Boxpark: Owners apply for booze licence to cover whole top level of Shoreditch pop-up mall...and neighbours aren’t happy
PUBLISHED: 11:03 24 August 2017 | UPDATED: 11:34 24 August 2017
Sweeping plans to convert the upper deck of Boxpark into one big boozer have not gone down well with neighbours.
The “pop-up” mall in Bethnal Green Road is waiting to hear whether an application for an alcohol licence covering the first floor of the site will be approved.
Boxpark reckons it will allow the authorities to more easily keep an eye on any problems without having to identify which individual business is responsible. Roger Wade, who launched the pop-up mall on the back of his clothing company Boxfresh, has also offered to scrap all major events on the decking.
Negotiations are now taking place with town hall bosses and police, but neighbours are fuming over the plans.
"Literally within weeks of opening and ongoing until now the entire upper deck has become an enormous arena for people to come to Shoreditch and get drunk"
Families living nearby say Boxpark management told them during the planning stages in 2011/12 there would be no licensed premises and the venue would be retail-led, with opportunities for local start-ups. But they say that wasn’t what they got and it “swiftly plummeted downmarket” – earning it the nickname “Boozepark”.
One neighbour wrote: “Literally within weeks of opening and ongoing until now the entire upper deck has become an enormous arena for people to come to Shoreditch and get drunk.
“Many of the premises have served alcohol – without food being served as per their licence – and over the past few years the streets immediately around Boxpark have become a nightly and out-of-control street festival with extremely noisy bands, buskers and drunken marauding revellers who them boisterously invade our neighbourhood shouting, urinating, with often fights and disturbances breaking out.”
"The fear is that any increase in the availability of alcohol would further exacerbate the problems already being experienced"
The same person claimed the fact one third of Boxpark is in Tower Hamlets adds to the problem.
“It is a ‘Kafkaesque’ and demoralising situation when the Hackney noise department reminds you, a day or more later after reporting an issue, that you are NOT IN THE BOROUGH,” they said. “It is no wonder people give up complaining and simply give up and leave.”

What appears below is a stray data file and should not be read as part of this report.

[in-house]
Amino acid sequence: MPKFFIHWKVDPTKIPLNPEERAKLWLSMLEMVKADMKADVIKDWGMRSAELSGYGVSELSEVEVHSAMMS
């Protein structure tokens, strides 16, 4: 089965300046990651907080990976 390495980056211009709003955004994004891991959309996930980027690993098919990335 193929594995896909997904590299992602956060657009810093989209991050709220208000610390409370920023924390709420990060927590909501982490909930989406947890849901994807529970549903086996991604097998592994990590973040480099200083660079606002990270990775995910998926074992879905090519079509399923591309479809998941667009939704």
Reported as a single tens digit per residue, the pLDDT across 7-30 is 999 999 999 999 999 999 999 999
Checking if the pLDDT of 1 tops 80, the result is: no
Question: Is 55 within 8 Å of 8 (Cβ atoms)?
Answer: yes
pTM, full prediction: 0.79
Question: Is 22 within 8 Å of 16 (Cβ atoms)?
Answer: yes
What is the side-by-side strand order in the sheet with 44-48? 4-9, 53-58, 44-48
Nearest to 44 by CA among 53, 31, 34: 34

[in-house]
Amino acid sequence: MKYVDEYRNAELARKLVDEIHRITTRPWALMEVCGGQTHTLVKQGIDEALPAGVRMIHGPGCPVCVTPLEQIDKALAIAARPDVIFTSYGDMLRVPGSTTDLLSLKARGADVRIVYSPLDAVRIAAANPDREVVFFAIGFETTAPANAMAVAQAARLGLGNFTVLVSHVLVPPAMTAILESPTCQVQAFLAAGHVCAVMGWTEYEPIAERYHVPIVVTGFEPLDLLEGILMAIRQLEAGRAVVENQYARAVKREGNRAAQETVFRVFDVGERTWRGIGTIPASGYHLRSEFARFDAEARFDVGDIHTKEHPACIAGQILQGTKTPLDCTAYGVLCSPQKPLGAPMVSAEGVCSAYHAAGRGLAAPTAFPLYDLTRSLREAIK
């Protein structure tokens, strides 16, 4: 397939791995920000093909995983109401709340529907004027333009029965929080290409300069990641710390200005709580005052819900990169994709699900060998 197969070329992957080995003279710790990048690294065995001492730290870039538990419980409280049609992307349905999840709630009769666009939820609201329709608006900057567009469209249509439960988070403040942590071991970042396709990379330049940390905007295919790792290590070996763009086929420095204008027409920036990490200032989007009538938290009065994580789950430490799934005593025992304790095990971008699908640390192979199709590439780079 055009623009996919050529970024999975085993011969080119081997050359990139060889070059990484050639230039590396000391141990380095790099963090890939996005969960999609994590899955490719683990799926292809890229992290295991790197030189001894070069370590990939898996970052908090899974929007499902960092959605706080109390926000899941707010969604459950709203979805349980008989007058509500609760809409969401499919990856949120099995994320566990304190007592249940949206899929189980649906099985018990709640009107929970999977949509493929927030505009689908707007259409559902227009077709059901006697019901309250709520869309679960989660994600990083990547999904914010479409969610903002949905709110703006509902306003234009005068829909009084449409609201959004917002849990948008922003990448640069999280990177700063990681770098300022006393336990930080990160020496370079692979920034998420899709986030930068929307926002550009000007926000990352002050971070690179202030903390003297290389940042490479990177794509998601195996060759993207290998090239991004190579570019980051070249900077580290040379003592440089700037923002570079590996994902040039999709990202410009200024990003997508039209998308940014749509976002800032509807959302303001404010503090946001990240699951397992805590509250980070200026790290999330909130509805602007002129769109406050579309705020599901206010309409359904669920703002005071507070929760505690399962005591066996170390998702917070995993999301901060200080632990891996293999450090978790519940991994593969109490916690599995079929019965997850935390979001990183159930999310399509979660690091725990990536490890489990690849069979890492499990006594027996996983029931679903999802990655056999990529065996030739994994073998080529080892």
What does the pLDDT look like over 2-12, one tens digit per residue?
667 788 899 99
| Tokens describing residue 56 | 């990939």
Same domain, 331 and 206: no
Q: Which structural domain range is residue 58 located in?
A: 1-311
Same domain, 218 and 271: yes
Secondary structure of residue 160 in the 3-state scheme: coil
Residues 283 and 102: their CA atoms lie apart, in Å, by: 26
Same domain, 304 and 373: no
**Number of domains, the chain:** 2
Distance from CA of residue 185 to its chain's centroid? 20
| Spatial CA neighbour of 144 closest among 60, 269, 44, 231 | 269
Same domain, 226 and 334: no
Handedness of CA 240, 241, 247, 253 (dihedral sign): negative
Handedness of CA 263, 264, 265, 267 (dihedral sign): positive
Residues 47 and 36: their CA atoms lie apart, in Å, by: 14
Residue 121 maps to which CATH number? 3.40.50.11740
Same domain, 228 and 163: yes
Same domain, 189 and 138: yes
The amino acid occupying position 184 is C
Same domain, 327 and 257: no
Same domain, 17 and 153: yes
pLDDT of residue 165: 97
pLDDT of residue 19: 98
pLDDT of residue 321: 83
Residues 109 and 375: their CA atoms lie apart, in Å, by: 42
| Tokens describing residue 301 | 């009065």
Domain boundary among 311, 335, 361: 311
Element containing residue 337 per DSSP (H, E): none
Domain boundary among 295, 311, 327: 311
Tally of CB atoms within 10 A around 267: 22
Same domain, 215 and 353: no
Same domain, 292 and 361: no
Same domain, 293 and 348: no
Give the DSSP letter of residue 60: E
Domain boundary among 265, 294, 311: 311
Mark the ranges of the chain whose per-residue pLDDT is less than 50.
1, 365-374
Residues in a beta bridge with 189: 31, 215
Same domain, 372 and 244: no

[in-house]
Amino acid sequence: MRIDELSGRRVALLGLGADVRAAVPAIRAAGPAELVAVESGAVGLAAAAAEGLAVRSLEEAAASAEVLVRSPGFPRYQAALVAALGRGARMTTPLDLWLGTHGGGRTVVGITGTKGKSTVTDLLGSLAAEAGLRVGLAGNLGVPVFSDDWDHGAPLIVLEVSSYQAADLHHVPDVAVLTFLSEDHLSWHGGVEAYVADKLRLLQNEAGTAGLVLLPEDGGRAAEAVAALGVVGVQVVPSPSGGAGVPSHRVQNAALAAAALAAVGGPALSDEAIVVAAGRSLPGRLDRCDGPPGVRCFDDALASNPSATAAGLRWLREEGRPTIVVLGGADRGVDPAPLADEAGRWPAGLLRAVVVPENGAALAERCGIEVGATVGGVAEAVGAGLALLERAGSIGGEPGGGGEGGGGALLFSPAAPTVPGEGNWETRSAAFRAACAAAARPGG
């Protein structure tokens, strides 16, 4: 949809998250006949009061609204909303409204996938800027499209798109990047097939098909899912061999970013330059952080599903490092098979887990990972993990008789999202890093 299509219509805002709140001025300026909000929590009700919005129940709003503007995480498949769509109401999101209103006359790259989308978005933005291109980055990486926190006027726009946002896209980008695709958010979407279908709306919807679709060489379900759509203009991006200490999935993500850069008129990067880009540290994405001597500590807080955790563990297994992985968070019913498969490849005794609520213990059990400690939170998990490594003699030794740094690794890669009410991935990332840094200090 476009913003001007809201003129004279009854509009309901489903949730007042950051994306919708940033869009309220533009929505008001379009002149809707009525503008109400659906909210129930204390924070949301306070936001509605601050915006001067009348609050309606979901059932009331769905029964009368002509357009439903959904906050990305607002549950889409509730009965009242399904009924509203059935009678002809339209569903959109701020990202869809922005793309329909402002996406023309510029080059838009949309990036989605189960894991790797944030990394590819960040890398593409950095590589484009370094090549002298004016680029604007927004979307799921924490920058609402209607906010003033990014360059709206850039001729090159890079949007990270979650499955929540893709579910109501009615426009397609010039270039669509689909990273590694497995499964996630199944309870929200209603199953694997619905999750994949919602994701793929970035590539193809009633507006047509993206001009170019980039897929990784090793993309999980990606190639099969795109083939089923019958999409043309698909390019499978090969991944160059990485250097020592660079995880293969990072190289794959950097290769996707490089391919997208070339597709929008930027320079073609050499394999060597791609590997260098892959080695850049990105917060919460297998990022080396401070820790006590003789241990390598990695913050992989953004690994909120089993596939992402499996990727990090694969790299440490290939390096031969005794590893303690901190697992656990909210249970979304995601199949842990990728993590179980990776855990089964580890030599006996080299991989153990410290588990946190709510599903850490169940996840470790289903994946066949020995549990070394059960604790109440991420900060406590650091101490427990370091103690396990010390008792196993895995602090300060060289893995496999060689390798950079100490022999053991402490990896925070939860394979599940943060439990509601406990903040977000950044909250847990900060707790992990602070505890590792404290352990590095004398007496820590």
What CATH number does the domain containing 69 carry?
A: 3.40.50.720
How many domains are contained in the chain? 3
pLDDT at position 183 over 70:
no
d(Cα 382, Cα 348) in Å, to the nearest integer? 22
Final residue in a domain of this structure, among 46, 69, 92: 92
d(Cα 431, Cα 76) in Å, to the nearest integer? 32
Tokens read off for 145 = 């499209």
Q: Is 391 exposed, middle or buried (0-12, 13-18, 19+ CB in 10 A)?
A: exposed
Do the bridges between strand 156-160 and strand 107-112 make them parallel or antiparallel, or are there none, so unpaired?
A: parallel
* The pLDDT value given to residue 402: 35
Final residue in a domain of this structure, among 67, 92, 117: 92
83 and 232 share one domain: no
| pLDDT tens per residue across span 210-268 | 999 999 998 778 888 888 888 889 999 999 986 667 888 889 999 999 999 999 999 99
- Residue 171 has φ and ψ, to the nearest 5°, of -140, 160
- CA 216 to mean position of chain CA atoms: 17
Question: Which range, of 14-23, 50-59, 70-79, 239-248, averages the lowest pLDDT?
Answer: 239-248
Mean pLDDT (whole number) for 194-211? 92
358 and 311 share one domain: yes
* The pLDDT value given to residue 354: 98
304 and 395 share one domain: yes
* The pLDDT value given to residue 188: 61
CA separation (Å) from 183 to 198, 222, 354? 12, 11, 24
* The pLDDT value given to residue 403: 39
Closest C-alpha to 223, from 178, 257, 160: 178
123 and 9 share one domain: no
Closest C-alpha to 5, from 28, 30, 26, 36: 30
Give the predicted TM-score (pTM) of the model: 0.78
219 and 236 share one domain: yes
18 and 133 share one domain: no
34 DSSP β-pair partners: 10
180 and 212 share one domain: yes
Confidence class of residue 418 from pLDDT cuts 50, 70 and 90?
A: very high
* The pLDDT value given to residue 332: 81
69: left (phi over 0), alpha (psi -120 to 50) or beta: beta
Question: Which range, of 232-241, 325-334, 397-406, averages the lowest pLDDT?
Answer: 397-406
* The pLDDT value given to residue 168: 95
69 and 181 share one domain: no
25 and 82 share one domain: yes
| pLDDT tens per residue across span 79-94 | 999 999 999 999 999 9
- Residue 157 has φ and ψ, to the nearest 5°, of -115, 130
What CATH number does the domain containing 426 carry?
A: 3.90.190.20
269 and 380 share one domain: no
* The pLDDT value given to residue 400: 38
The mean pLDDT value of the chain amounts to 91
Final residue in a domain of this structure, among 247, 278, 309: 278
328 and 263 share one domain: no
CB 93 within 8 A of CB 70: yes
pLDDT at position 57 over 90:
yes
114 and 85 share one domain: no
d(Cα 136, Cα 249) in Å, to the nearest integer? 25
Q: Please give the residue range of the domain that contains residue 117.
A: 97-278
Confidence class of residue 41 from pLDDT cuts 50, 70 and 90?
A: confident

Twenty neighbours have objected to the application, some of whom have said they now leave the area at weekends so they and their children can get a good night’s sleep.
"The reality is the current application for one central licence will actually reduce the number of licenses at and ensure any alcohol consumed is under the control of our management"
Town hall licensing bosses also raised issues about an umbrella licence because they are already concerned about the site operating as a “single large destination venue”.
“The fear is that any increase in the availability of alcohol would further exacerbate the problems already being experienced,” one officer wrote.
Police also questioned Boxpark’s ability to run the venue after two restaurants applied for individual licences while the umbrella application was pending.
Pc Kerrie Ryan said: “There appears to be some confusion over who is in charge of these units, which causes police concern with regards to the management, organisation and responsibility of Boxpark as an operator.”
Roger Wade, who has since opened Boxpark Croydon, said his team were working to resolve concerns with the authorities.
“The reality is the current application for one central licence will actually reduce the number of licenses at and ensure any alcohol consumed is under the control of our management. Since opening in December 2011, Boxpark has had no major alcohol related crime incidents.
“The current licensing proposal was initially proposed by Hackney Council and has the support of Hackney Council and should increase the control and reduce the amount of alcohol consumed at Boxpark.
“Under the proposed new licence arrangement Boxpark have voluntarily proposed to surrender all major events on the decking areas. This should lead to a reduction in any potential complaints from local residents.”
Regarding telling neighbours it would be retail-led, Mr Wade said Boxpark had to “move with the times” but the majority of retailers were still small independent businesses.
“The reality is Boxpark has hundreds of thousands of visitors each year who quietly enjoy the food and drink,” he added. “We are also home to over 30 small businesses and employ over 300 young people.”
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